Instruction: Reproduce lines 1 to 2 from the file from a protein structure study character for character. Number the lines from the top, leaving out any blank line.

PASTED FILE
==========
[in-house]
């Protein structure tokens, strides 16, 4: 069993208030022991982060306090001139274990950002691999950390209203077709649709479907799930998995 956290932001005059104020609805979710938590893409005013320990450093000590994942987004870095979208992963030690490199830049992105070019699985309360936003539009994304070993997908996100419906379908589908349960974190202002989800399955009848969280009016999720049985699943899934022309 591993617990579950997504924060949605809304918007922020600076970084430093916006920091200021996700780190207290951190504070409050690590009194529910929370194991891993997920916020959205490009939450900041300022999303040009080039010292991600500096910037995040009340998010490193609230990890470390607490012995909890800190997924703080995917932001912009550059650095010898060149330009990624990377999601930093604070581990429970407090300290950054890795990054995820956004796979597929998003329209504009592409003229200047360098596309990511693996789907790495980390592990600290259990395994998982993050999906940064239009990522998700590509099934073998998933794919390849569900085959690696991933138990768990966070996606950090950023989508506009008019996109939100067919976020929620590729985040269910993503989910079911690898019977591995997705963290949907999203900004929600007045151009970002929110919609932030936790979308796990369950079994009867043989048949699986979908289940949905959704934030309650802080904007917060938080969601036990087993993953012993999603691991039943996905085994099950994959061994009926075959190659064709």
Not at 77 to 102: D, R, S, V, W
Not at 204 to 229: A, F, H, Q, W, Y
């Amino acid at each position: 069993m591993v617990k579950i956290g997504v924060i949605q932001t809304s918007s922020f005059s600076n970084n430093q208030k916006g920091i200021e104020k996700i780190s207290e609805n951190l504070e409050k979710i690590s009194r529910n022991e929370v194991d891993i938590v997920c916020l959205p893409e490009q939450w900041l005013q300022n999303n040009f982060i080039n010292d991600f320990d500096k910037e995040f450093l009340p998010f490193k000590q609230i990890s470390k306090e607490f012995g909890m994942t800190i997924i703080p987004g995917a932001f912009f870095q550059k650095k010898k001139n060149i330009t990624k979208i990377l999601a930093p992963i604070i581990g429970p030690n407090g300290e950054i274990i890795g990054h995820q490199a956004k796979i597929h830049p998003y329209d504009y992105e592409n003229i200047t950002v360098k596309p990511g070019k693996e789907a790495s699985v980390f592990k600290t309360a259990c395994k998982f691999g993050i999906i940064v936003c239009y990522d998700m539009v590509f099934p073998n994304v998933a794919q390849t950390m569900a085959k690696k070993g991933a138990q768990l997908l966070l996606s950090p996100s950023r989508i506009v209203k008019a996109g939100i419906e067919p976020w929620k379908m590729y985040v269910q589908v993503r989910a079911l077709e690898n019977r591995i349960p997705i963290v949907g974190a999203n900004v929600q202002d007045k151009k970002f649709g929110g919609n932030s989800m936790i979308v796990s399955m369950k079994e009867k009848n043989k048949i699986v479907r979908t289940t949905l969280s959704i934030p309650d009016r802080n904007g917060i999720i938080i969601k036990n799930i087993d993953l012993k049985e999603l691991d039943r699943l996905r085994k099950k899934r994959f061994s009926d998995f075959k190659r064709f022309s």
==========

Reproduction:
[in-house]
């Protein structure tokens, strides 16, 4: 069993208030022991982060306090001139274990950002691999950390209203077709649709479907799930998995 956290932001005059104020609805979710938590893409005013320990450093000590994942987004870095979208992963030690490199830049992105070019699985309360936003539009994304070993997908996100419906379908589908349960974190202002989800399955009848969280009016999720049985699943899934022309 591993617990579950997504924060949605809304918007922020600076970084430093916006920091200021996700780190207290951190504070409050690590009194529910929370194991891993997920916020959205490009939450900041300022999303040009080039010292991600500096910037995040009340998010490193609230990890470390607490012995909890800190997924703080995917932001912009550059650095010898060149330009990624990377999601930093604070581990429970407090300290950054890795990054995820956004796979597929998003329209504009592409003229200047360098596309990511693996789907790495980390592990600290259990395994998982993050999906940064239009990522998700590509099934073998998933794919390849569900085959690696991933138990768990966070996606950090950023989508506009008019996109939100067919976020929620590729985040269910993503989910079911690898019977591995997705963290949907999203900004929600007045151009970002929110919609932030936790979308796990369950079994009867043989048949699986979908289940949905959704934030309650802080904007917060938080969601036990087993993953012993999603691991039943996905085994099950994959061994009926075959190659064709």